When you pause to consider all the hallowed works of literature that have been adapted over the ages for the opera stage, the horror genre is not likely the first that leaps to mind, right? I mean, who’s going to scare ya with an aria about things that go bump in the night? 

Nevertheless, there have been some compellingly chilly tales that have inspired composers and their librettists to conjure up operas that have been smash hits with audiences, and one of them is coming to a theater near us. “The Shining,” adapted from horrormeister Stephen King’s novel by composer Paul Moravec and librettist Mark Campbell, Pulitzer Prize winners both, was totally sold-out weeks in advance of its 2016 Minnesota Opera premiere. Now San Francisco-based Opera Parallèle  is mounting a new version the pair have created for chamber orchestra to run for three performances only, June 2-4 at the Yerba Buena Center for the Arts. In a Zoom session with Opera Parallèle  supporters, the collaborators emphasized that their opera is based, not on the 1980 Stanley Kubrick film starring a wild-eyed Jack Nicholson, but on King’s 1977 novel itself. And they were adamant about that, arguing that the book has complex layers the movie does not. 

“I love the Stanley Kubrick movie, I really do,” protested Campbell. “But it’s not the story. When you read the novel, there are so many elements that are just classic opera, starting with the main character, Jack Torrance. He is really trying to be a good man, and you don’t know that from the movie. When you see Jack Nicholson, you think ‘Oh, he is going to kill his family.’” 

Opera Parallèle’s new production is based on Stephen King’s classic novel, not the Stanley Kubrick movie. (Photo courtesy Opera Parallèle )

For his part, composer Moravec thinks the book is a perfect launchpad for an opera. “Stephen King is a brilliant storyteller,” he noted.  “It’s about love, death and power—on steroids! Also, it’s about archetypes,” he continued, “it’s about retelling … ancient stories that are deep in our collective unconscious.” Moravec identified one such archetypal influence in King’s work: “He is reimagining the story of Abraham and Isaac,” he said. “Abraham is being told by a supernatural power to sacrifice his son, which is what is happening in ‘The Shining’ as well.”  

The duo noted that King hated the movie version so much that he authored a screenplay for a subsequent TV adaptation. Campbell, a fan of both the movie and the book, observed, “The movie succeeded because it went in a completely different direction than the book. I think the opera succeeds because it takes the novel further, because of the addition of music.”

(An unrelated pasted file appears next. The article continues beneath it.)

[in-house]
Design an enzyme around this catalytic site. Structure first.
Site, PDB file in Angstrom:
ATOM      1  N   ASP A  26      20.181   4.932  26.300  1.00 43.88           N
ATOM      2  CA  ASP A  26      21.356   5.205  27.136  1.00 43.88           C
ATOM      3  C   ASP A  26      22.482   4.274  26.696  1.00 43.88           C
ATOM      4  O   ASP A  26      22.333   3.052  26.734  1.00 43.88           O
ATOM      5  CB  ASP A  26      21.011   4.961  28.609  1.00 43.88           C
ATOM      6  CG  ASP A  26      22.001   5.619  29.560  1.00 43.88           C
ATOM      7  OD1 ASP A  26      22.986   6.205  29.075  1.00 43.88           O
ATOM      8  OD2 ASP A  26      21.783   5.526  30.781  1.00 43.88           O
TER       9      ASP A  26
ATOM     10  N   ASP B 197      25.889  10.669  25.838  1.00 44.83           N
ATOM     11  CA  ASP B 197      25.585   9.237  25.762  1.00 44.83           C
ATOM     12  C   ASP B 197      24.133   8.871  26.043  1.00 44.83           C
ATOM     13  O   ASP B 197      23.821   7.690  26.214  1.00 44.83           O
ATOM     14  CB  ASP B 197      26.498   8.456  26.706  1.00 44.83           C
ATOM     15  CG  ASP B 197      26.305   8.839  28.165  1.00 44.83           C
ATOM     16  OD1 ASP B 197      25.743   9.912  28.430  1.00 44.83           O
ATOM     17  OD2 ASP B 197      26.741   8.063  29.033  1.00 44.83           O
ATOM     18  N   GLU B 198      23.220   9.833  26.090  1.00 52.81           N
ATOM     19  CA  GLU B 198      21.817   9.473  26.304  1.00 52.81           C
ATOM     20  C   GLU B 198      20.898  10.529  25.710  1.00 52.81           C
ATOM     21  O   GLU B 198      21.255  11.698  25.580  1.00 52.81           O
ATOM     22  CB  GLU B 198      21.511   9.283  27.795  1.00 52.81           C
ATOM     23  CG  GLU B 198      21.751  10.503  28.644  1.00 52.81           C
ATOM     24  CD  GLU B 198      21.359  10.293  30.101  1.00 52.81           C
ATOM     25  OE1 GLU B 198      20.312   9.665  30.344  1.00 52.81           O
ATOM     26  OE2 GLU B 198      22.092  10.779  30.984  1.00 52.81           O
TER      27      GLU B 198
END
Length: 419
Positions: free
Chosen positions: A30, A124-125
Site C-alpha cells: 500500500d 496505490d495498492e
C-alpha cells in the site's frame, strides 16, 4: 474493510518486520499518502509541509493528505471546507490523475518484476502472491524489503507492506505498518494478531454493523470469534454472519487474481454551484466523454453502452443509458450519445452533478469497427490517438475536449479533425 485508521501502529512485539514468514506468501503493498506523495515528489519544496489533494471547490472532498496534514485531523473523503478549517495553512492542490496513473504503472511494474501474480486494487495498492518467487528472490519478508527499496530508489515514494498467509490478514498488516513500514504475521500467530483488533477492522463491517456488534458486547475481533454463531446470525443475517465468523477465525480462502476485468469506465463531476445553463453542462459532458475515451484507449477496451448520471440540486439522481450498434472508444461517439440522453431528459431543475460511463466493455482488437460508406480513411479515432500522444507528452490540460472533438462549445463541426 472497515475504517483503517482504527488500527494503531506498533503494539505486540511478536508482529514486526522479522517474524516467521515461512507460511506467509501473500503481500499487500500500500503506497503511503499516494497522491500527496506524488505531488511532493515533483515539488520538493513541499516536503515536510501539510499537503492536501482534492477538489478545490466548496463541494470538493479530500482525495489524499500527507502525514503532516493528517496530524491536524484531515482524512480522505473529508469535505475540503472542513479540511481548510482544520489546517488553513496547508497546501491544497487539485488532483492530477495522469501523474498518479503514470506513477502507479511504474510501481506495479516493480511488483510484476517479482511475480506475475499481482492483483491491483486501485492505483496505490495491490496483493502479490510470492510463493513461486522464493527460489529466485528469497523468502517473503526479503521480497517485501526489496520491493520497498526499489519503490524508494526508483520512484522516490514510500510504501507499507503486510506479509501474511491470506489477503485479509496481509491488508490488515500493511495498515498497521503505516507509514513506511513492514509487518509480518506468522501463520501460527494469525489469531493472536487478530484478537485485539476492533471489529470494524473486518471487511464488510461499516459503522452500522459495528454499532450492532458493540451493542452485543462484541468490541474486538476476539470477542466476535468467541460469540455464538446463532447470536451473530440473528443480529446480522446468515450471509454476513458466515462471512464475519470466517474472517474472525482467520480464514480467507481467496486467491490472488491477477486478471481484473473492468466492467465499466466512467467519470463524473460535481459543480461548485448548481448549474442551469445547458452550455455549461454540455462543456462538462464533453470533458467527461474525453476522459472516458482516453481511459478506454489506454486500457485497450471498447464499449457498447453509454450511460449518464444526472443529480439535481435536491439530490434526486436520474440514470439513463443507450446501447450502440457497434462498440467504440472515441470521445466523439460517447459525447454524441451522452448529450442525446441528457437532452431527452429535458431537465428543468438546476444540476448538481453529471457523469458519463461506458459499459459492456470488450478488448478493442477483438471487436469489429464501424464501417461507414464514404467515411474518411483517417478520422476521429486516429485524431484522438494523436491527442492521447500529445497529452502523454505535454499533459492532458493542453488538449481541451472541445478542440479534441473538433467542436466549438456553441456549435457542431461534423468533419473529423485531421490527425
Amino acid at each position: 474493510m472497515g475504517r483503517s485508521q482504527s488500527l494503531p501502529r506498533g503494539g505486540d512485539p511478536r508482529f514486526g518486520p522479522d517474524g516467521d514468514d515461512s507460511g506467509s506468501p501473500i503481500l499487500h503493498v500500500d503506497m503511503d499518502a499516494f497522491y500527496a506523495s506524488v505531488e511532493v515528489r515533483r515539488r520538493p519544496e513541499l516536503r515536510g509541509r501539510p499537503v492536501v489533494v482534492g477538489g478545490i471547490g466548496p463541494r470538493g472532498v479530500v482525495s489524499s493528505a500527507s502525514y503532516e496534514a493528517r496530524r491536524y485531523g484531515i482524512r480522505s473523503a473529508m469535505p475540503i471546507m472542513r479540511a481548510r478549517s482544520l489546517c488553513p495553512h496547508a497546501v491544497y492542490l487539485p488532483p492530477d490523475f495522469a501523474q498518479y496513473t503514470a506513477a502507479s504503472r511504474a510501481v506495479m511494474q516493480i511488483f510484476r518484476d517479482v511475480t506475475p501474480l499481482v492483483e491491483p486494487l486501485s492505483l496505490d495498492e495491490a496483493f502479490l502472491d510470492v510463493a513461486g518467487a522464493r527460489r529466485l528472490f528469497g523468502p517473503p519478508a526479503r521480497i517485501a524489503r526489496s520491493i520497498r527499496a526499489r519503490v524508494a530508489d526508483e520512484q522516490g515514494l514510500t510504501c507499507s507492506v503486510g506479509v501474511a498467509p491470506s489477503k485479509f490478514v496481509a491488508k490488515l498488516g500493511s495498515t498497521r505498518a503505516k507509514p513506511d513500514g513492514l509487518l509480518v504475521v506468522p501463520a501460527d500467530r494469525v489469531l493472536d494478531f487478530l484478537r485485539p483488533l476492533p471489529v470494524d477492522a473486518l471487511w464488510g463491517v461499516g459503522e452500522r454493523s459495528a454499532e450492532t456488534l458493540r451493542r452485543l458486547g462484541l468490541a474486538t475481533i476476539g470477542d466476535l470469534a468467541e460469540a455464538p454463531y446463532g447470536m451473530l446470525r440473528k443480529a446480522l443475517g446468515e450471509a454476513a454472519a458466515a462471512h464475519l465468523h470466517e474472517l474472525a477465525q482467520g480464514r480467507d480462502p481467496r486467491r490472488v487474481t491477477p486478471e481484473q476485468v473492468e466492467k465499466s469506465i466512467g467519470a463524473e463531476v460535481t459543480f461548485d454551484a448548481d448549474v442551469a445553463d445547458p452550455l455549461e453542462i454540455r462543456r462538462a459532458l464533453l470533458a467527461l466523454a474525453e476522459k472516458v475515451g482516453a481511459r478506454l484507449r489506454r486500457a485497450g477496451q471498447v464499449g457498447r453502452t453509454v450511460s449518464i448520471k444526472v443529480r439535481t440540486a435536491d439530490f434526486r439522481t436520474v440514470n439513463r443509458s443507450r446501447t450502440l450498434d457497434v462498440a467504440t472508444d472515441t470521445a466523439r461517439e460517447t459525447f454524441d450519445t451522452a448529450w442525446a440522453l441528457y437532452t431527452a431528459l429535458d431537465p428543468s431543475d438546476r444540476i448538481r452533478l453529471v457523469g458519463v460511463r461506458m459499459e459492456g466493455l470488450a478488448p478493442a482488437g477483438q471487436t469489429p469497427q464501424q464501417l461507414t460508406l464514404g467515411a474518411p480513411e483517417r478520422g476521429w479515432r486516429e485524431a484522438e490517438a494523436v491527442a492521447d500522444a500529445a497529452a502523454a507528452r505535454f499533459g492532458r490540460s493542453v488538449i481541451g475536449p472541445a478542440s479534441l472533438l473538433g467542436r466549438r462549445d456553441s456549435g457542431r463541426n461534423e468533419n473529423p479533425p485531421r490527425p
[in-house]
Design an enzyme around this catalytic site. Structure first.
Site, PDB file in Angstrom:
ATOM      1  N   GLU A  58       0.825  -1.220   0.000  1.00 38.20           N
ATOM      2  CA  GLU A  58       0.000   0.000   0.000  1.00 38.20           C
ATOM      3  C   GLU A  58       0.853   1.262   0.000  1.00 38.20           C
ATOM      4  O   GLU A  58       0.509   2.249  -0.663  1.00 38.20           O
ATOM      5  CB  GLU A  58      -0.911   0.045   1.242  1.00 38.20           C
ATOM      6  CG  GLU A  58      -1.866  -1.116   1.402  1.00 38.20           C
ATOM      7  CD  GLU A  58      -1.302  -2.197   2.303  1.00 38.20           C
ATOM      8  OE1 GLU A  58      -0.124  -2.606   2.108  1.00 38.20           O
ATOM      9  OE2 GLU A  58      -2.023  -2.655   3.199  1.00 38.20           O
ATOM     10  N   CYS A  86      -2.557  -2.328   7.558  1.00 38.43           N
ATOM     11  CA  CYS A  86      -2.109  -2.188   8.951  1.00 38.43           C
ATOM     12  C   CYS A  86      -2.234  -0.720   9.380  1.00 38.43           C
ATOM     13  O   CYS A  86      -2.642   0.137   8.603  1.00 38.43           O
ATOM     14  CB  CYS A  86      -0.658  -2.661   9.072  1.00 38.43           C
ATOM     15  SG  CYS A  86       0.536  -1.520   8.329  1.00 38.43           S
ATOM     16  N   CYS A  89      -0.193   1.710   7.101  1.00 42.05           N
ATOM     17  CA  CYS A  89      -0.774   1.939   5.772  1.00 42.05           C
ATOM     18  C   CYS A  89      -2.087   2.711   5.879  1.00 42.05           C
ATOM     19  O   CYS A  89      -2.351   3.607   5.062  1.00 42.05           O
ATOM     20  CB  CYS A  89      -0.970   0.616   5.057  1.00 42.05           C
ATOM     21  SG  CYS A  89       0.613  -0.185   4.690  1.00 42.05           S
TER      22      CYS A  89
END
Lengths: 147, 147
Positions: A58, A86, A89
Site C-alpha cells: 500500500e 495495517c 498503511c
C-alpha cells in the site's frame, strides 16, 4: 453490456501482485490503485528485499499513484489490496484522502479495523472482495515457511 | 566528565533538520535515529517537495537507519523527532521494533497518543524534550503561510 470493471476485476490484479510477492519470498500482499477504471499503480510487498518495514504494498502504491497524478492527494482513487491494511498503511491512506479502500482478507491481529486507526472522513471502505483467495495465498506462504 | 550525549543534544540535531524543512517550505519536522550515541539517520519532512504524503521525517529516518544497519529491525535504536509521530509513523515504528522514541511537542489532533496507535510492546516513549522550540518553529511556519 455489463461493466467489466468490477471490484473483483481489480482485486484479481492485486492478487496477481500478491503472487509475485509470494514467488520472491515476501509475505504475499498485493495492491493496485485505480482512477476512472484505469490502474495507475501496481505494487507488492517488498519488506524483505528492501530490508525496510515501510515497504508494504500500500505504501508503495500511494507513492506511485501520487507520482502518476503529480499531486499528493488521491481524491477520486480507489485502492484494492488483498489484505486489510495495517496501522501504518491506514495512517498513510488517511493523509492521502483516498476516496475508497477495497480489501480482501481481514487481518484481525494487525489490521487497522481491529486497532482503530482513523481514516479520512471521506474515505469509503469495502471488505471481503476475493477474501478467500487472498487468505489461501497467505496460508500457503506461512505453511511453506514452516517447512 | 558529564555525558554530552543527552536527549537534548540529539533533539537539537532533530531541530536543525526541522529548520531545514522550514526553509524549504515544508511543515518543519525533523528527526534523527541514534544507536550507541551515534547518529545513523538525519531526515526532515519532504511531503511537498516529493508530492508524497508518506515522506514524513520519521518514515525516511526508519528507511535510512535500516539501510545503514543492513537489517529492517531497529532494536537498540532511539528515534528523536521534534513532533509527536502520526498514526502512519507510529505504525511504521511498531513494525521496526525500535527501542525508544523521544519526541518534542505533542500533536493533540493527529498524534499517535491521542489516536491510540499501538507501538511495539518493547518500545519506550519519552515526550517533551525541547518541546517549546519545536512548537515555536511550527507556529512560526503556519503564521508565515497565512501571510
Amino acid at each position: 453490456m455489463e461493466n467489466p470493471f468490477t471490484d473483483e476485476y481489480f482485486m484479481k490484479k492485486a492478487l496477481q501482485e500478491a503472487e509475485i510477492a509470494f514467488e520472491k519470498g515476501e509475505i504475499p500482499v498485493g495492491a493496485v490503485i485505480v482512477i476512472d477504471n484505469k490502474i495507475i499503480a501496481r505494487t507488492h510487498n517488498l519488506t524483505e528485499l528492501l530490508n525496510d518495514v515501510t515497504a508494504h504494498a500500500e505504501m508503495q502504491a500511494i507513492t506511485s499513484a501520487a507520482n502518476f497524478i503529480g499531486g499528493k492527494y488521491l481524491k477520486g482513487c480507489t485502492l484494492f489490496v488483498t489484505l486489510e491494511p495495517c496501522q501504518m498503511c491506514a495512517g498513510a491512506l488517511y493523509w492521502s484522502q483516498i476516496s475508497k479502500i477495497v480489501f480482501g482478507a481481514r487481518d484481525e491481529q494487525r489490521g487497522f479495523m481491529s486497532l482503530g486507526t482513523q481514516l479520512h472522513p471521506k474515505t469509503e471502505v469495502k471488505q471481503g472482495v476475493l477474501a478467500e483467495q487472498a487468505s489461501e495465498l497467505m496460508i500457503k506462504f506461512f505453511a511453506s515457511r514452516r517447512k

Check out www.operaparallele.org for tickets and more information about the production. 

If you’re still harboring doubts about whether an opera can credibly creep an audience out, consider a couple of other examples. Composer Benjamin Britten’s 1954 “Turn of the Screw,” based on the 1898 Henry James novella, uses a theme and variations musical scheme in its prologue and 15 episodes that effectively ratchets up the moody suspense to the near breaking point. The story revolves around a governess arriving at an isolated Victorian mansion to find that her two young charges, Miles and Flora, may be in the manipulative grip of the ghosts of a former valet and the governess he seduced. There have been several productions of it in the Bay Area in recent decades, including a highly lauded version mounted by West Edge Opera in 2013. 

And we need look no further than that maestro of the macabre, Edgar Allan Poe, for source material that has been siphoned into plots that raise goosebumps while an unsettling score spools out. His 1839 short story “The Fall of the House of Usher” has been adapted not once, but three times for the opera stage, first in somewhat fragmented form by Claude Debussy (“La chute de la maison Usher”) in the early 20th century, although it took another six decades before others completed it and brought it to the stage in 1977. We got a more fully realized version from American composer Philip Glass in 1988, when his “The Fall of the House of Usher” debuted at the American Repertory Theater in Cambridge, Massachusetts. And San Francisco philanthropist and composer Gordon Getty added a third offering, supplying his own libretto and adding Poe in as a character for an opera he called “Usher House,” which San Francisco Opera mounted on a double bill with the Debussy opera in 2015.